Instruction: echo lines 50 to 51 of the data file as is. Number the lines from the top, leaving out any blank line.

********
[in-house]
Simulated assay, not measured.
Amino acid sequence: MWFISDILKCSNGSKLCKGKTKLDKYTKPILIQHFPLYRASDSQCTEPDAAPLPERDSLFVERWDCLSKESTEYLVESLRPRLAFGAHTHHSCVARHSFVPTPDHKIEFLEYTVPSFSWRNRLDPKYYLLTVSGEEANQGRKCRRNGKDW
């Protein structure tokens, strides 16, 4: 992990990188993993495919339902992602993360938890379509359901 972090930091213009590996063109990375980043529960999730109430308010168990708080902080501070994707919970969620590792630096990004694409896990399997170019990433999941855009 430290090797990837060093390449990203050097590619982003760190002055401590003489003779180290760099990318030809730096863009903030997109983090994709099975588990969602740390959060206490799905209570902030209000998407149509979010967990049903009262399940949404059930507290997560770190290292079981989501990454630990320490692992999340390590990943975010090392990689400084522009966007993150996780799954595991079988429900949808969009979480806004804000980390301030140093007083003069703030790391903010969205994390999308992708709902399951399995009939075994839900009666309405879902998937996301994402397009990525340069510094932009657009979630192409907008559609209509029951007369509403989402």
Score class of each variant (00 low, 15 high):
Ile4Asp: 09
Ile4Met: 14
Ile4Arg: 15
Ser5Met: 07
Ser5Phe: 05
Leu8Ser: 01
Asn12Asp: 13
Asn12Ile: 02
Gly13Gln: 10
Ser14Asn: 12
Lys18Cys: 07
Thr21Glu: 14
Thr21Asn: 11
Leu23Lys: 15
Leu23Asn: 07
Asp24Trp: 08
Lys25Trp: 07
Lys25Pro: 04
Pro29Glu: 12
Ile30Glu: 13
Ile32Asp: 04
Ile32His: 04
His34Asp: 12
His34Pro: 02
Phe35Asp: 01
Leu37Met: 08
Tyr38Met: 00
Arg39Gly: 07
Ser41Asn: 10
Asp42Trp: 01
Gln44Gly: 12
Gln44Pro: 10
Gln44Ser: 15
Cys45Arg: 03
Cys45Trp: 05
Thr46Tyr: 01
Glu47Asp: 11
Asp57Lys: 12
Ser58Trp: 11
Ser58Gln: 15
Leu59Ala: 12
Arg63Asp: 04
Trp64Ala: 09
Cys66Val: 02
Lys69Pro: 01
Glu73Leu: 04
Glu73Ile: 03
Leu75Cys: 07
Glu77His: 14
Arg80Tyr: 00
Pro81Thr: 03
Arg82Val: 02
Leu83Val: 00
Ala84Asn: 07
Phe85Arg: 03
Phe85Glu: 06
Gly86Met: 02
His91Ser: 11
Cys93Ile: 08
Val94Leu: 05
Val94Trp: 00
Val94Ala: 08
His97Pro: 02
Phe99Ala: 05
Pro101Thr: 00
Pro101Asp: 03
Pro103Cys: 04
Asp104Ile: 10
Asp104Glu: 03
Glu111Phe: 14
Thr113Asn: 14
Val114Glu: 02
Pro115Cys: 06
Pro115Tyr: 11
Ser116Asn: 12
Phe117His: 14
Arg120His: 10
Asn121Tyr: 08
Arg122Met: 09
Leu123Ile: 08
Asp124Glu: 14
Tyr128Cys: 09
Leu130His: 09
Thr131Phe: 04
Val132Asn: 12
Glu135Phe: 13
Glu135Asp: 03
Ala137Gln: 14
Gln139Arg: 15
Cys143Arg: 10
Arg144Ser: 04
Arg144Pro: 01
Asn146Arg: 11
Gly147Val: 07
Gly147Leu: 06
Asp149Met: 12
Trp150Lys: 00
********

Lys69Pro: 01
Glu73Leu: 04